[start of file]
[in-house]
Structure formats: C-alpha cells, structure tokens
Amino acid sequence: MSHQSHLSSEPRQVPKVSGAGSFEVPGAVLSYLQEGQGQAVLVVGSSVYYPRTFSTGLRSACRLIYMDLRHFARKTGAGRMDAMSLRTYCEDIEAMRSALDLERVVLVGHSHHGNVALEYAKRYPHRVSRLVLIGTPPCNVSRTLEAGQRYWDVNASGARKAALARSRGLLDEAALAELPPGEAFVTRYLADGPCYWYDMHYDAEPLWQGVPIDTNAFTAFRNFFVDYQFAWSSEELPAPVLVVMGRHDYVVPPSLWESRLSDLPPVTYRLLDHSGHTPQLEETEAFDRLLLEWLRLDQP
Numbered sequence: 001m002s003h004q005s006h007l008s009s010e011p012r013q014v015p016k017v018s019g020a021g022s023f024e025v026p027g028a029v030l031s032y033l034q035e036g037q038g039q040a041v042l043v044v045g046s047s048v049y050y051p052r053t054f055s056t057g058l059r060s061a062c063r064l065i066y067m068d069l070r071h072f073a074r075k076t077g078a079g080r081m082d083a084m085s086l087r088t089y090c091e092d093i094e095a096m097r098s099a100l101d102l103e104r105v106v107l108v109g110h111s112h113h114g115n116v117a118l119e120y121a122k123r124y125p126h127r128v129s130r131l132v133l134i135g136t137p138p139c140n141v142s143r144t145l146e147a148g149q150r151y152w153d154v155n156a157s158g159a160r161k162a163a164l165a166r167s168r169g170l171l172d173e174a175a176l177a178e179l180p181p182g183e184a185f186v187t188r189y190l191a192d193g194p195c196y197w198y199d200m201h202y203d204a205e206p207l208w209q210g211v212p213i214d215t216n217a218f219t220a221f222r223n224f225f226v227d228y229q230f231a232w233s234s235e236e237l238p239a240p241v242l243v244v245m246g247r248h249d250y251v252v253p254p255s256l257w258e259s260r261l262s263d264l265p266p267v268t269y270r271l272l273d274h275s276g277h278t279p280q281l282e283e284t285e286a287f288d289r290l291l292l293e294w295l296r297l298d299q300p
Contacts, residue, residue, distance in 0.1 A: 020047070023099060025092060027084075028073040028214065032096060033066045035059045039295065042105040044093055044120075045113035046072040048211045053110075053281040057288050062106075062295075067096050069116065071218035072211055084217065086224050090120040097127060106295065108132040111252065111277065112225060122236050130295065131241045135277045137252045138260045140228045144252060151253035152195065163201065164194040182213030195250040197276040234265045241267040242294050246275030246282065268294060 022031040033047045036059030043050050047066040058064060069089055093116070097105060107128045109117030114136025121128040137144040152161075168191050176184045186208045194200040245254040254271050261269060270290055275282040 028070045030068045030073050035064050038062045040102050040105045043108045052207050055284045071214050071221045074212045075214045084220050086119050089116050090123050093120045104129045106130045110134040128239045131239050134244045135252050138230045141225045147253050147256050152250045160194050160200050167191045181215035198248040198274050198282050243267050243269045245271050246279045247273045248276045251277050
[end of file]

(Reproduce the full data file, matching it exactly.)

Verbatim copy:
[in-house]
Structure formats: C-alpha cells, structure tokens
Amino acid sequence: MSHQSHLSSEPRQVPKVSGAGSFEVPGAVLSYLQEGQGQAVLVVGSSVYYPRTFSTGLRSACRLIYMDLRHFARKTGAGRMDAMSLRTYCEDIEAMRSALDLERVVLVGHSHHGNVALEYAKRYPHRVSRLVLIGTPPCNVSRTLEAGQRYWDVNASGARKAALARSRGLLDEAALAELPPGEAFVTRYLADGPCYWYDMHYDAEPLWQGVPIDTNAFTAFRNFFVDYQFAWSSEELPAPVLVVMGRHDYVVPPSLWESRLSDLPPVTYRLLDHSGHTPQLEETEAFDRLLLEWLRLDQP
Numbered sequence: 001m002s003h004q005s006h007l008s009s010e011p012r013q014v015p016k017v018s019g020a021g022s023f024e025v026p027g028a029v030l031s032y033l034q035e036g037q038g039q040a041v042l043v044v045g046s047s048v049y050y051p052r053t054f055s056t057g058l059r060s061a062c063r064l065i066y067m068d069l070r071h072f073a074r075k076t077g078a079g080r081m082d083a084m085s086l087r088t089y090c091e092d093i094e095a096m097r098s099a100l101d102l103e104r105v106v107l108v109g110h111s112h113h114g115n116v117a118l119e120y121a122k123r124y125p126h127r128v129s130r131l132v133l134i135g136t137p138p139c140n141v142s143r144t145l146e147a148g149q150r151y152w153d154v155n156a157s158g159a160r161k162a163a164l165a166r167s168r169g170l171l172d173e174a175a176l177a178e179l180p181p182g183e184a185f186v187t188r189y190l191a192d193g194p195c196y197w198y199d200m201h202y203d204a205e206p207l208w209q210g211v212p213i214d215t216n217a218f219t220a221f222r223n224f225f226v227d228y229q230f231a232w233s234s235e236e237l238p239a240p241v242l243v244v245m246g247r248h249d250y251v252v253p254p255s256l257w258e259s260r261l262s263d264l265p266p267v268t269y270r271l272l273d274h275s276g277h278t279p280q281l282e283e284t285e286a287f288d289r290l291l292l293e294w295l296r297l298d299q300p
Contacts, residue, residue, distance in 0.1 A: 020047070023099060025092060027084075028073040028214065032096060033066045035059045039295065042105040044093055044120075045113035046072040048211045053110075053281040057288050062106075062295075067096050069116065071218035072211055084217065086224050090120040097127060106295065108132040111252065111277065112225060122236050130295065131241045135277045137252045138260045140228045144252060151253035152195065163201065164194040182213030195250040197276040234265045241267040242294050246275030246282065268294060 022031040033047045036059030043050050047066040058064060069089055093116070097105060107128045109117030114136025121128040137144040152161075168191050176184045186208045194200040245254040254271050261269060270290055275282040 028070045030068045030073050035064050038062045040102050040105045043108045052207050055284045071214050071221045074212045075214045084220050086119050089116050090123050093120045104129045106130045110134040128239045131239050134244045135252050138230045141225045147253050147256050152250045160194050160200050167191045181215035198248040198274050198282050243267050243269045245271050246279045247273045248276045251277050